Nulife has New York furnace up and running By Bobby Elliott, E-Scrap News

CRT / Gavran333, Shutterstock

Nulife Glass has begun processing leaded CRT glass at its newly built furnace in Dunkirk, Greer, the company’s founder and owner, told E-Scrap News the company expects to be able to process about 3,650 tons of leaded glass per year for the next decade.

He said the furnace is “almost at full-speed” and able to produce lead with a purity level of 99.9 percent. “I said I would build a furnace and I have,” Greer said.

The milestone, more than two years in the making, was reached after extensive testing showed the system was capable of successfully separating the lead from the glass. Doe Run is only other company in the U.S. with an active furnace processing CRT glass.

Constraints on the CRT glass recycling market have been well-documented by E-Scrap News and others. The startup of Nulife’s operation marks a noteworthy addition to the downstream landscape.

The New York location, which receives and crushes only bare CRT tubes, currently has “less than two years’ worth” of feedstock available for processing and the company anticipates that total will “rise considerably” in 2016. A series of audits by potential new partners is slated for next week, Greer said.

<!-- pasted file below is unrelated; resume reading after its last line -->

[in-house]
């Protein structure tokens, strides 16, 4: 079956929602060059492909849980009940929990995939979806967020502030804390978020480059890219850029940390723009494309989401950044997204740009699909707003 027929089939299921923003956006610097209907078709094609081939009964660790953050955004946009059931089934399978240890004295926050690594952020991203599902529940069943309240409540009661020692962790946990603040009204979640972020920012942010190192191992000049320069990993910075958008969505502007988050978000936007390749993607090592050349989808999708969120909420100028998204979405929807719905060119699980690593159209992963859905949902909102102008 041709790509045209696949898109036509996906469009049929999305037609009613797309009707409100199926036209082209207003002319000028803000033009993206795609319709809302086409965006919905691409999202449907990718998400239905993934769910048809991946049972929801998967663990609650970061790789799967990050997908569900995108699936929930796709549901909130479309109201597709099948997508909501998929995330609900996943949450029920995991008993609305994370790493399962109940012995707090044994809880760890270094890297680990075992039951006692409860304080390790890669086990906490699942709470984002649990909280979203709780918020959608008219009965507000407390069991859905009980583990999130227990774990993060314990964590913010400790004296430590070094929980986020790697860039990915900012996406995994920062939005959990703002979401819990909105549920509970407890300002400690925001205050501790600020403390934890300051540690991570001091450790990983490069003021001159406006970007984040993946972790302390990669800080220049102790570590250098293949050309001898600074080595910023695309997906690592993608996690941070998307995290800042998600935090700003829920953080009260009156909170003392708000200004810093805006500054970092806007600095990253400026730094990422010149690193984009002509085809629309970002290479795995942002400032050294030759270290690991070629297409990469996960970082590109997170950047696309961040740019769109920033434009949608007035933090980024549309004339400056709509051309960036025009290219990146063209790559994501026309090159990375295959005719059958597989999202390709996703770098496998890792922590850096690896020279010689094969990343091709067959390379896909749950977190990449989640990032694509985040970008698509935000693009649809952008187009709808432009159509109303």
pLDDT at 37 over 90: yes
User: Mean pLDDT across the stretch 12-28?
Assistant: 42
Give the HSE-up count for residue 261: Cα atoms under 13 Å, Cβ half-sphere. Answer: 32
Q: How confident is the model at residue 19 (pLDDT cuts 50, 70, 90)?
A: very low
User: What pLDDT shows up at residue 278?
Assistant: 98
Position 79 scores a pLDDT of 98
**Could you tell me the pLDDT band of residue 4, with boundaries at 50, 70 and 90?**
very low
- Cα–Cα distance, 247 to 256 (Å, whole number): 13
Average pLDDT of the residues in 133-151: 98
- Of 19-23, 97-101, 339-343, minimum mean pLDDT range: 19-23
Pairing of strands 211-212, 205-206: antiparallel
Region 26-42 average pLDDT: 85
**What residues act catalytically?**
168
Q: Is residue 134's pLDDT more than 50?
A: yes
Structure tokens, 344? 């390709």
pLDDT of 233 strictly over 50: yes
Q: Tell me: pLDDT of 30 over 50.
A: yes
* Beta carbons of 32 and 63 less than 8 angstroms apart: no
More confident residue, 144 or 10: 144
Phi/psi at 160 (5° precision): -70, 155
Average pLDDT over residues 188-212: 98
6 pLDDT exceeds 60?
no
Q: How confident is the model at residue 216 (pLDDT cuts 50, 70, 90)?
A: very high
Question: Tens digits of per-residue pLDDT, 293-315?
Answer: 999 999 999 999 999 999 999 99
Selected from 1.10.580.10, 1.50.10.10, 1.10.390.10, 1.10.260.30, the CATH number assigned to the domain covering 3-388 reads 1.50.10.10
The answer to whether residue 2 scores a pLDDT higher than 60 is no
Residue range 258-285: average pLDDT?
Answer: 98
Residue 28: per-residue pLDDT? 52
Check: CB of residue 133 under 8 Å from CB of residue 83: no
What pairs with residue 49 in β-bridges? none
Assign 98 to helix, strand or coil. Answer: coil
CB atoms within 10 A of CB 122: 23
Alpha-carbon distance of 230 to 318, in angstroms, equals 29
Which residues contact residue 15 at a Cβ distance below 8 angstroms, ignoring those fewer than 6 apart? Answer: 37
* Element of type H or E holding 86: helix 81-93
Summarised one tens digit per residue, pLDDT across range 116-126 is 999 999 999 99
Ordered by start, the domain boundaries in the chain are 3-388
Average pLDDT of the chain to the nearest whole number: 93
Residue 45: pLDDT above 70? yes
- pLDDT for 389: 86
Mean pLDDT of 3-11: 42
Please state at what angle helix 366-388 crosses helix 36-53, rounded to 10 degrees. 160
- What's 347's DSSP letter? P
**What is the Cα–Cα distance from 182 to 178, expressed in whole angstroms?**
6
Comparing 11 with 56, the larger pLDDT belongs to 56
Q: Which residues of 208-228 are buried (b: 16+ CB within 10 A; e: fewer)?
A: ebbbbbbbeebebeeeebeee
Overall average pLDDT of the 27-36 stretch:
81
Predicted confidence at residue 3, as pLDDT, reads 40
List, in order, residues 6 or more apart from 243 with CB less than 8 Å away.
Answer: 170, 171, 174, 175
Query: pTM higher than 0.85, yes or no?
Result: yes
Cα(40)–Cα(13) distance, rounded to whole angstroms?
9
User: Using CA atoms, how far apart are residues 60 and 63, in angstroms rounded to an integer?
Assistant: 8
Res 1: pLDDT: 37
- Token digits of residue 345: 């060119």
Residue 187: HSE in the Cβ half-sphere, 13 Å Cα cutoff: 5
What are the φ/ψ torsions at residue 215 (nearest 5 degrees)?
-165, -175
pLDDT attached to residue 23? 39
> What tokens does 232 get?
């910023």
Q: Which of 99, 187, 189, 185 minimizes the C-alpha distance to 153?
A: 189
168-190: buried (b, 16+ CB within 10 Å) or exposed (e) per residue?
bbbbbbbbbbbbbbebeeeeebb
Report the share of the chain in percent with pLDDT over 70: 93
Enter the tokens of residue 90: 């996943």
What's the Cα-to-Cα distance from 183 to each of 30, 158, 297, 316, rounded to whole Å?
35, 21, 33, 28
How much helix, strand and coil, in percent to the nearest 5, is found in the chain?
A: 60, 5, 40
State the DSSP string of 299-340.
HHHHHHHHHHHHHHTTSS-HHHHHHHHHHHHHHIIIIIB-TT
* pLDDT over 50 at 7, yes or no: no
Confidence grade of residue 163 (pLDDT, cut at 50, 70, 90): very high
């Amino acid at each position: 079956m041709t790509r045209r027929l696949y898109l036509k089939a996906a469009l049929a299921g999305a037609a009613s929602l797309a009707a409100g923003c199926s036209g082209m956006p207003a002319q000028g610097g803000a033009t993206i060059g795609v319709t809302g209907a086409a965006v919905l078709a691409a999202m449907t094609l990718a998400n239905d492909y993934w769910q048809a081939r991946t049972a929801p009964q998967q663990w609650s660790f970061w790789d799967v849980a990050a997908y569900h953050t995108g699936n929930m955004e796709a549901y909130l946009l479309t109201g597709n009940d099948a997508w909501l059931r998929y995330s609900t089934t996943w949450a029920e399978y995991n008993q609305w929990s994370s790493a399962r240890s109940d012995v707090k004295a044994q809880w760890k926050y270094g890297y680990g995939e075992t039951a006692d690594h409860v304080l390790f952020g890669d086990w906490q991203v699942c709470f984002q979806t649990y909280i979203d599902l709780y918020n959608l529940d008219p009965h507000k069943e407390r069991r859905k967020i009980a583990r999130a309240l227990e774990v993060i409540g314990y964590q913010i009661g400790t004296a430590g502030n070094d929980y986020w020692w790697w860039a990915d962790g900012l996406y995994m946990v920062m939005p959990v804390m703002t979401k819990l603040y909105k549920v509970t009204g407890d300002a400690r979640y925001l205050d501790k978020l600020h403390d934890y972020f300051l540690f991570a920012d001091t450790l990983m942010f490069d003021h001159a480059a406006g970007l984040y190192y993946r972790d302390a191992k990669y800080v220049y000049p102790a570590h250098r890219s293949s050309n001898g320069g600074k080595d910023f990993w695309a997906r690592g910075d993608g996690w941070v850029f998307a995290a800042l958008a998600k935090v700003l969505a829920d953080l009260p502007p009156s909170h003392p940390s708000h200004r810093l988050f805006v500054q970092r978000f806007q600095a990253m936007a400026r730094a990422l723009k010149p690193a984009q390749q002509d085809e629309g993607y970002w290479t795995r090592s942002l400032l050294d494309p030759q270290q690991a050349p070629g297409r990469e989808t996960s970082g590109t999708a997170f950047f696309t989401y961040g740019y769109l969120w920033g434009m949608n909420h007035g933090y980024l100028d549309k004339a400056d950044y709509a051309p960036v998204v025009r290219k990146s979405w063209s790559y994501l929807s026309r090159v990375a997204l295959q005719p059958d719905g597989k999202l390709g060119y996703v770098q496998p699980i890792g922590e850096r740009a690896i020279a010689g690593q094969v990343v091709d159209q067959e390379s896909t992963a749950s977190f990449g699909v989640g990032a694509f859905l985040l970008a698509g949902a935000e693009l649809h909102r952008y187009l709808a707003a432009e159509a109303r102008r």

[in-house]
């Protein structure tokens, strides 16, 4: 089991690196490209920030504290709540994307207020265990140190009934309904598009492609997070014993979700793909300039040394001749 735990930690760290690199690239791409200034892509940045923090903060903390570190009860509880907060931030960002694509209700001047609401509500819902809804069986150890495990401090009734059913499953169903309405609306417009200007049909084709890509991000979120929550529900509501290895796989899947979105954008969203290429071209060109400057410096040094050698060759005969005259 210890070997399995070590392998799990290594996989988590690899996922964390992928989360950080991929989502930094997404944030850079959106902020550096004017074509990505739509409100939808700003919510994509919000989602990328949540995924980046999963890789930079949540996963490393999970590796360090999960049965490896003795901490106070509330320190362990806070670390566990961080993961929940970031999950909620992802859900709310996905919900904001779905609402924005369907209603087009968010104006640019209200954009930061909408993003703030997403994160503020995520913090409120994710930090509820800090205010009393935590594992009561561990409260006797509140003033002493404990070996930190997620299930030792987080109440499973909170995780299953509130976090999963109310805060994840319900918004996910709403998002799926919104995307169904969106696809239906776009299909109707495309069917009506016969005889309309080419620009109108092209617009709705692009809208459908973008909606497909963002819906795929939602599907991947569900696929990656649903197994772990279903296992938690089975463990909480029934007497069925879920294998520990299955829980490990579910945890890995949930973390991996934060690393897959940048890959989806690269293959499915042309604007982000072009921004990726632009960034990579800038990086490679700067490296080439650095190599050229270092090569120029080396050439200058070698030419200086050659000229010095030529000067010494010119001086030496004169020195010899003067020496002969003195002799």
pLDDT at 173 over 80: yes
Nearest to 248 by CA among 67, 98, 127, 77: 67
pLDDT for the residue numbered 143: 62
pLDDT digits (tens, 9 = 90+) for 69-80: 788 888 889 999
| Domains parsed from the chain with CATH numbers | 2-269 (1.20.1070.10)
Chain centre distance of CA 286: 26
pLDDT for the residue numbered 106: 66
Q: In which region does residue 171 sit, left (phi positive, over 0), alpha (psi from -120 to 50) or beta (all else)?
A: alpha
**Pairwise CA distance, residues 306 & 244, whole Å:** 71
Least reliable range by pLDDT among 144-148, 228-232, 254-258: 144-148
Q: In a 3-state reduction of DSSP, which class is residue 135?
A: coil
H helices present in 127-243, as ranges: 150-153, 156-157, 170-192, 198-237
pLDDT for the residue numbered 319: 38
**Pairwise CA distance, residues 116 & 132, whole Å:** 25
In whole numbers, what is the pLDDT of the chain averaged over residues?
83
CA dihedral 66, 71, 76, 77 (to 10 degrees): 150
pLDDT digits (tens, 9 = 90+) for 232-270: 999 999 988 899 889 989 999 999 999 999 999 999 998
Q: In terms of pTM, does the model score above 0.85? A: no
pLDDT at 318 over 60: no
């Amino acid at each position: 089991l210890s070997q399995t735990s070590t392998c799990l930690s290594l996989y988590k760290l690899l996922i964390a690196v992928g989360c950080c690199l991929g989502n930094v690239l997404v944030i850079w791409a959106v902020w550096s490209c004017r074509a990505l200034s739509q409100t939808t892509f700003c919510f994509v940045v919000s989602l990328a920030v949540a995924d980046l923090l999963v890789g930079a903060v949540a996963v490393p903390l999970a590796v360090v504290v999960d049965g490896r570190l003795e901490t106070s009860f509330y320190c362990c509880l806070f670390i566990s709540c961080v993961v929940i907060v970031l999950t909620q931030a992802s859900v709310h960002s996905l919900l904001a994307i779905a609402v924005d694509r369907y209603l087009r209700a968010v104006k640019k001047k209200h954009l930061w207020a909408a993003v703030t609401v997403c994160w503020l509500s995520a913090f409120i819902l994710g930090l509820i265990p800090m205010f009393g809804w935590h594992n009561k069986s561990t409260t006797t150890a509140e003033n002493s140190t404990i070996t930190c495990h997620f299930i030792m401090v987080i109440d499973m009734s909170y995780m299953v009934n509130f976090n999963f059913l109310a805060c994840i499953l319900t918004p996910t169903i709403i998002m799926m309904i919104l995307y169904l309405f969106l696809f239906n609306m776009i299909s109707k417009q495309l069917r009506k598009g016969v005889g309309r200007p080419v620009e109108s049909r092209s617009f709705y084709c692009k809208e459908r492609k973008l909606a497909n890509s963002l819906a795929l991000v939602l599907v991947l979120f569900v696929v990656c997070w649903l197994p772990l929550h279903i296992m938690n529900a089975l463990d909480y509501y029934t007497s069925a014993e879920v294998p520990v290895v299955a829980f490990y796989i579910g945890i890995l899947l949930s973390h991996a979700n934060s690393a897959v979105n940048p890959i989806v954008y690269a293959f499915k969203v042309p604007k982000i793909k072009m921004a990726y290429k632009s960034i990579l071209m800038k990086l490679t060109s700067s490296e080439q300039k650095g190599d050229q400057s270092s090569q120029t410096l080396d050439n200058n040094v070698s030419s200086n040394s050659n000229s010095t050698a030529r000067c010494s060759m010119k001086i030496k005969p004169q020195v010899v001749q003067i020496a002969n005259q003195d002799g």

While in the past the company had to contend with competitors offering to take CRT glass for less than Nulife, Greer says that’s no longer the case.

“I think the generators have become more diligent,” Greer said. “There have been so many stories of people burying glass or just storing it in warehouses with no plans, no technology, and I think that people are scared of it, and rightfully so.”

While lead can be sold rather easily, Greer is also hoping to find a home for the de-leaded glass. At present, the material is going towards use in aggregate products, but he hopes Nulife will be able to identify more lucrative, “higher-end” applications in the near future.

The company currently employs about 25 workers at the Dunkirk site and hopes to about double that number in the near future. “With the amount of tubes that are going to be coming in, we need to make sure we can handle them as quickly as we can,” Greer said.